UN Office for the Coordination of Humanitarian Affairs
CHAD-SUDAN: WFP starts humanitarian air service to eastern Chad
DAKAR, 25 Feb 2004 (IRIN) - The UN World Food Programme (WFP) said on Wednesday it had started a humanitarian air service to eastern Chad, where relief agencies are trying to assist more than 110,000 refugees from the troubled Darfur province of Western Sudan.
WFP spokesman for West Africa Ramin Rafirasme said WFP was operating a Monday to friday daily shuttle service from the Chadian capital N'Djamena to Abeche and several other towns in eastern Chad with an eight-seater Beechcraft plane.
This began operating on 14 February and was available for use free of charge by the personnel of UN agencies and other relief organisations operating in eastern Chad, he said.
The plane is due to operate for a period of 11 months at a cost of US$1.8 million.
Rafirasme said Norway had contributed $300,000 to help launch the air service, but WFP urgently required further donations to keep it going.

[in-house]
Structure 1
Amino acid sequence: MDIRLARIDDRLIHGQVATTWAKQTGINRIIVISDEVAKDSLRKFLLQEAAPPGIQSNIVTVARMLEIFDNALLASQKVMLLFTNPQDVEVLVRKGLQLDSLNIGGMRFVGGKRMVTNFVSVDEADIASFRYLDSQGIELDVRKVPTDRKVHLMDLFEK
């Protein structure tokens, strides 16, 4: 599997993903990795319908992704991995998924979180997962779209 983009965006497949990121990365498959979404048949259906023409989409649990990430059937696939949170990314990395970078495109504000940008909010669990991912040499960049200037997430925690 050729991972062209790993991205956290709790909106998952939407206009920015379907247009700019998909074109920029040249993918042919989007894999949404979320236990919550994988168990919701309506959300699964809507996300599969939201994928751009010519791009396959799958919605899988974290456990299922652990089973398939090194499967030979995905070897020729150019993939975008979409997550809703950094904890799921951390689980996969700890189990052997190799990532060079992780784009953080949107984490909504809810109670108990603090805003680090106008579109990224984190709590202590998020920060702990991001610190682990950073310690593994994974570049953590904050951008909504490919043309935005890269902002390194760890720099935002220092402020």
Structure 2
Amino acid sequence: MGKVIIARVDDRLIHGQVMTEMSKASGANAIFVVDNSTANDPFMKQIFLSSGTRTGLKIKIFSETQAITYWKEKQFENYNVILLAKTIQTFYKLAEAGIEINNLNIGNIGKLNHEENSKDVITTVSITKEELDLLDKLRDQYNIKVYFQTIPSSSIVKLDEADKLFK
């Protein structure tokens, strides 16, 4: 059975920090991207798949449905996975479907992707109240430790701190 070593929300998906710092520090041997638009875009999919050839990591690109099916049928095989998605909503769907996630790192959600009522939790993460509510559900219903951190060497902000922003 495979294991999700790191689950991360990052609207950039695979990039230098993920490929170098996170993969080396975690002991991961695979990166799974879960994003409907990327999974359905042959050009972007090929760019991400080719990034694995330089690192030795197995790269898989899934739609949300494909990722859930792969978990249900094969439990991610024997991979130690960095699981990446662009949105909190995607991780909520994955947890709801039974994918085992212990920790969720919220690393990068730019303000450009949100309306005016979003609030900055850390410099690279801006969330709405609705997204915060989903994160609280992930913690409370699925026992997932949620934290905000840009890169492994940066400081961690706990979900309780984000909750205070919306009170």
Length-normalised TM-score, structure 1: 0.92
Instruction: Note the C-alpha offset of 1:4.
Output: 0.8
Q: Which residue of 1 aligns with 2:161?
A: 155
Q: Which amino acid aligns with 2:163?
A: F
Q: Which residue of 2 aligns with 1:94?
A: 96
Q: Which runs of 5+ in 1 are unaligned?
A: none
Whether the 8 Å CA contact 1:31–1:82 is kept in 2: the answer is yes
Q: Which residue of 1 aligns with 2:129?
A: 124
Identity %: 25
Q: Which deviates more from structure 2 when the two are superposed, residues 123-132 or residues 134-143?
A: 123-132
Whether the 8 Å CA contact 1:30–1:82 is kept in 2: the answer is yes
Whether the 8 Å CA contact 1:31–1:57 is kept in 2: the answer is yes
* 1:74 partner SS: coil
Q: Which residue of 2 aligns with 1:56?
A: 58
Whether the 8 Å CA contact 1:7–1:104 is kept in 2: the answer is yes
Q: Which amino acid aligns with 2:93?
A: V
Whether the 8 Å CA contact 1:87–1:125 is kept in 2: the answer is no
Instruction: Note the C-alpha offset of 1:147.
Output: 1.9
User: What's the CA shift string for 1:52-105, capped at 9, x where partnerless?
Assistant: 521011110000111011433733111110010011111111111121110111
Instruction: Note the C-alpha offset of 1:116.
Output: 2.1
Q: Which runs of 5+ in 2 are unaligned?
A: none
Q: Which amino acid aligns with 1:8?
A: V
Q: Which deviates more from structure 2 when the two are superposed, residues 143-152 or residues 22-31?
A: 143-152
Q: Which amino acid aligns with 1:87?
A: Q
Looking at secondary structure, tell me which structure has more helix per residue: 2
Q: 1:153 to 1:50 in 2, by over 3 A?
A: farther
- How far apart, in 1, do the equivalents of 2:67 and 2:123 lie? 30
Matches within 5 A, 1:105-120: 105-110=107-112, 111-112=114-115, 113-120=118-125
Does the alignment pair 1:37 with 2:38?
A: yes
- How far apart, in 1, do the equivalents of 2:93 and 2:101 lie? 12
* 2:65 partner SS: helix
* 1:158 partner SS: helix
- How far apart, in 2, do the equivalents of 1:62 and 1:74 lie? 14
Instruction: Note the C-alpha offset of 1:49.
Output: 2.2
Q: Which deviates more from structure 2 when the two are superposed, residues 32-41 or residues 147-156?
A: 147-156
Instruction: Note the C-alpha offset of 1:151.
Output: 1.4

He explained that the two-hour flight saves a two-day 900 km road journey from N'Djamena to eastern Chad along poor dirt roads that will become totally impassible once the rainy season starts in late May or early June.
"It should save a lot of time and money," the WFP spokesman said.
If its seats are taken out, the Beechcraft can carry up to one tonne of cargo.
The UN refugee agency UNHCR also operates a plane between N'Djamena and eastern Chad, but Rafirasme said that was mainly dedicated to the UNHCR's own operations.
Rafirasme said WFP had so far received US$5.4 million in donations towards its appeal for $19.5 million to provide 21,000 tonnes of food for the Sudanese refugees in eastern Chad.
The money had come from the United States, Japan, Norway and Switzerland, he added.
"We think that donors have been very sensitive to this emergency and we have encouraging indications from other donors that are not confirmed yet," Rafirasme said.
He stressed that it was urgent to pre-position the food in eastern Chad over the next three months before the onset of the rainy season made road transport impossible.
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